In late 2021 I received an Arts Council England DYCP grant to give me time to write, explore ideas and receive some mentoring from established writer, performer and multi-media artist Nick Field. Through this fund and mentoring I decided to ditch the original idea I’d intended to explore when making the application, and, having already created two personal autobiographical collections, DULL and Notes on Becoming a Ghost, I decided to create a collection of actual memories going back to my childhood.
I imagined that this would somehow offer up a way I and others could understand me more. In part I hoped that this would become an exorcism of some of the memories that have dogged me for many years, as well as a celebration, or reminder, of some of the more pleasant memories. The memories that have stuck may not seem very serious to the reader but they have stayed with me and have informed my thinking and emotional state and there are a few stories in the collection that still make me physically cringe when I recall them.
I also wanted to challenge myself to see how much I could or should reveal. How honest could I be? Why was I afraid or embarrassed to share some of these memories? Is the route to understanding and acceptance through openness and vulnerability? I saw this as a challenge. What could I write about that made me feel uneasy? What risks could I take? How much should I share?
During the writing process I found myself reliving and being more effected by, in the main, the negative and painful memories, which seem more present and powerful than the lighter memories.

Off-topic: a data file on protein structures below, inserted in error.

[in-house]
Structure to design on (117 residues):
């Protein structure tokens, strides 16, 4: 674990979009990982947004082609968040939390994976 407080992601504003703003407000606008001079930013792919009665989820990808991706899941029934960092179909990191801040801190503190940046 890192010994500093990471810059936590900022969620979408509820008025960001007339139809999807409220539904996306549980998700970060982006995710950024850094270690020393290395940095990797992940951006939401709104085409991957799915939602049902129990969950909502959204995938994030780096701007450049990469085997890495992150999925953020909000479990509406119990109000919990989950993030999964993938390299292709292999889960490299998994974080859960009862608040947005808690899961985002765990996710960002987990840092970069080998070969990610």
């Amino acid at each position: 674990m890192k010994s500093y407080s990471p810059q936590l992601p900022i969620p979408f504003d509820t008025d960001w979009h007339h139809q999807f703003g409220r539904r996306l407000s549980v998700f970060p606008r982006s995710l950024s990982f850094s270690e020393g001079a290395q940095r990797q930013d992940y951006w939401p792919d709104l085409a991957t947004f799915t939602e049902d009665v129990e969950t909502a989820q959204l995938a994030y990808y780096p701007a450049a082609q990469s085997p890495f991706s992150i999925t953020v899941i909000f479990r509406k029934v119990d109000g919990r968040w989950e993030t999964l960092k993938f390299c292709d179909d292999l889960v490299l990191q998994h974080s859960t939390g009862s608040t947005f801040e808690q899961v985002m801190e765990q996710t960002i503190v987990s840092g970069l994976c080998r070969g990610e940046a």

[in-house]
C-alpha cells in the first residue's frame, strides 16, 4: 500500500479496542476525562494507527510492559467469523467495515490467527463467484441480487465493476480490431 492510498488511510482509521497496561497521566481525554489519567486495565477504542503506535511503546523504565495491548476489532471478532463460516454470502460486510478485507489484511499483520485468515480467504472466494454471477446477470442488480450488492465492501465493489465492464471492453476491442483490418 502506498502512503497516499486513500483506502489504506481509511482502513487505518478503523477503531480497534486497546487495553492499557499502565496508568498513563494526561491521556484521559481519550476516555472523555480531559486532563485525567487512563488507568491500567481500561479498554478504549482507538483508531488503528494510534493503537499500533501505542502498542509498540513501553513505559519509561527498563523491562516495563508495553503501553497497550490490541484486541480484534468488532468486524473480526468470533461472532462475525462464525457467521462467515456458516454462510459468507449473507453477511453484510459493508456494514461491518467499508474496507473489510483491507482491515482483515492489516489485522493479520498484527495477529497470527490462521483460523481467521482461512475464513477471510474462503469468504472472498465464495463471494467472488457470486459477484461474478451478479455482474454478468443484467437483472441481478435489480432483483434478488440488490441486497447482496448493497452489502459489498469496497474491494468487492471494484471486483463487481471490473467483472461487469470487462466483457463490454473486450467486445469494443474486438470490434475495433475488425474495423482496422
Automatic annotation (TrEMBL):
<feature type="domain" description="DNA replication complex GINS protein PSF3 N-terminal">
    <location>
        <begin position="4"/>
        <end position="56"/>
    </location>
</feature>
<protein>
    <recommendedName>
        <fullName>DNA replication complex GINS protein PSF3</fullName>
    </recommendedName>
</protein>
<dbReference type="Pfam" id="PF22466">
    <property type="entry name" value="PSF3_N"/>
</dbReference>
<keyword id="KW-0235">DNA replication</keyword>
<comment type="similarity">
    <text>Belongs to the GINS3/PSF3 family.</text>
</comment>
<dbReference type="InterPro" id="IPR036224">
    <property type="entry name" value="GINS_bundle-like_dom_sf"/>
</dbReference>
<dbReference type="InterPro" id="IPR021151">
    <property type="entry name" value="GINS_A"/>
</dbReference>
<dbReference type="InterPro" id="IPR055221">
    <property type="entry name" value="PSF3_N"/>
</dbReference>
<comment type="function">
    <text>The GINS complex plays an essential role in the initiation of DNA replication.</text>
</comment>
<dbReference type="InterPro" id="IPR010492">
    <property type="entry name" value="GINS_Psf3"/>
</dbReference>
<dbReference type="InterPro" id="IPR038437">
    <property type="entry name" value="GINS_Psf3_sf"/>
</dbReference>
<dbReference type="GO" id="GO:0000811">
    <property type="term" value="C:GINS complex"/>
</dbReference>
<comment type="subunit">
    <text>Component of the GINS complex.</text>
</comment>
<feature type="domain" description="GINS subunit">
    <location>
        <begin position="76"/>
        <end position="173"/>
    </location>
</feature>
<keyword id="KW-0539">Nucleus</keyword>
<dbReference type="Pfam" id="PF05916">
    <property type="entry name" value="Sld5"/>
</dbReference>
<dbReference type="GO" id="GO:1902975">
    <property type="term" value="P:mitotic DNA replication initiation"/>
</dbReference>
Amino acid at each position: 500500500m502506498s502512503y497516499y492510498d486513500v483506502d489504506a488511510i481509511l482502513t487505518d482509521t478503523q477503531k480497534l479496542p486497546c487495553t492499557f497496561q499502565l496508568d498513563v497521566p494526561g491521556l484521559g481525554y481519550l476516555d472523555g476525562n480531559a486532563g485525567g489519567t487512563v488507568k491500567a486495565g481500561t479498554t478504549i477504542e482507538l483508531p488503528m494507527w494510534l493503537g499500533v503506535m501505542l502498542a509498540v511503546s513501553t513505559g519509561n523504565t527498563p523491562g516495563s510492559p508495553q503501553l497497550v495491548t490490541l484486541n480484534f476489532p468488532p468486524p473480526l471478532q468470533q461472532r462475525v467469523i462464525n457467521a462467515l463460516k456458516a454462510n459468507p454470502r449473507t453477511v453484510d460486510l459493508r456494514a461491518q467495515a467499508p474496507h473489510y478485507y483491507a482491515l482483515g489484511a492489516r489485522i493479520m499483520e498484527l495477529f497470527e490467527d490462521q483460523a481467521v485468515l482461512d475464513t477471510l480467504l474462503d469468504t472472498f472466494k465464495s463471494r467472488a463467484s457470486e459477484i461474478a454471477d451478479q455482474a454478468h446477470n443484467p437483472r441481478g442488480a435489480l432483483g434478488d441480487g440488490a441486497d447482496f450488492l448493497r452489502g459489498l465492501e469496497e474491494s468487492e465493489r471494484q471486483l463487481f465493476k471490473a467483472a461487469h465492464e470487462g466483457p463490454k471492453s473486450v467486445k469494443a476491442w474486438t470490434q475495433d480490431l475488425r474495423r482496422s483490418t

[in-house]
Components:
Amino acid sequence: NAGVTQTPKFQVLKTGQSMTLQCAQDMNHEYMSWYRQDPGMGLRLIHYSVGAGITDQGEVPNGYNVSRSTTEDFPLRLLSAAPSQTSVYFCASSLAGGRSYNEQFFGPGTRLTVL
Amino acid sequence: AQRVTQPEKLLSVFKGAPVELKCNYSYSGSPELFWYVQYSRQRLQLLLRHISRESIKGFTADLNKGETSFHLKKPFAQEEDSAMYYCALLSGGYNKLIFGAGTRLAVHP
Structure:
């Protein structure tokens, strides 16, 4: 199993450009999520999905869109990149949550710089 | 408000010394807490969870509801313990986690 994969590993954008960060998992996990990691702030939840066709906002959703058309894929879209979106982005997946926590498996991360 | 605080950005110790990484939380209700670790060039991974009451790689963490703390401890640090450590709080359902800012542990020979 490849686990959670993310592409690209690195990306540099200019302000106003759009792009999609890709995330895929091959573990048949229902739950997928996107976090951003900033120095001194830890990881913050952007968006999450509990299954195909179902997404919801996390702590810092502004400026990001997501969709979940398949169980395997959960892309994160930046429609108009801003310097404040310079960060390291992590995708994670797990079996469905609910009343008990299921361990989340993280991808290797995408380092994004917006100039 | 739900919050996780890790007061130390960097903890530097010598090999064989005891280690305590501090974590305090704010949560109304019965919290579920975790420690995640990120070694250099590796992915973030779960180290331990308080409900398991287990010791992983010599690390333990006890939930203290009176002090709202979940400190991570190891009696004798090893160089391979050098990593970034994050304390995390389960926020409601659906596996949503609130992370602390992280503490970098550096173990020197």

The collection’s first working title was ‘6 wanks’. The first pieces I wrote were memories of masturbations that have stuck in my mind – possibly they could be called my core masturbation memories. As I continued to write, I added examples of when anger got the better of me, or when I caused or encountered anger in others. I needed to admit to losing it and owning that anger. Then there were times I wept – loss, frustration, shame. This all seemed to be getting a bit dark and negative, so I added balance by writing about joyous times – times I laughed uncontrollably – times I danced or wanted to dance. The second working title of the collection became ‘6 dances’ as, by now, I was mentioning the growing collection to others and ‘6 wanks’ became awkward to say and, I thought, gave the wrong impression of my intent. I then wrote about tenderness, adding examples of kisses. Finally, I had to admit that there is magic in the world, found in unexpected places, so I added some peculiar and unexplained experiences – coincidences and phenomena that I have experienced that I am happy not to have explained to me – these are the moments in life that, no matter how small, I find most fascinating; they excite my wonder at existence and bring colour to an explainable world.
During this period of forced recalling, I discovered that not all presumed pleasant memories feel good and not all presumed unpleasant memories feel bad. Recall and emotion have a complicated relationship.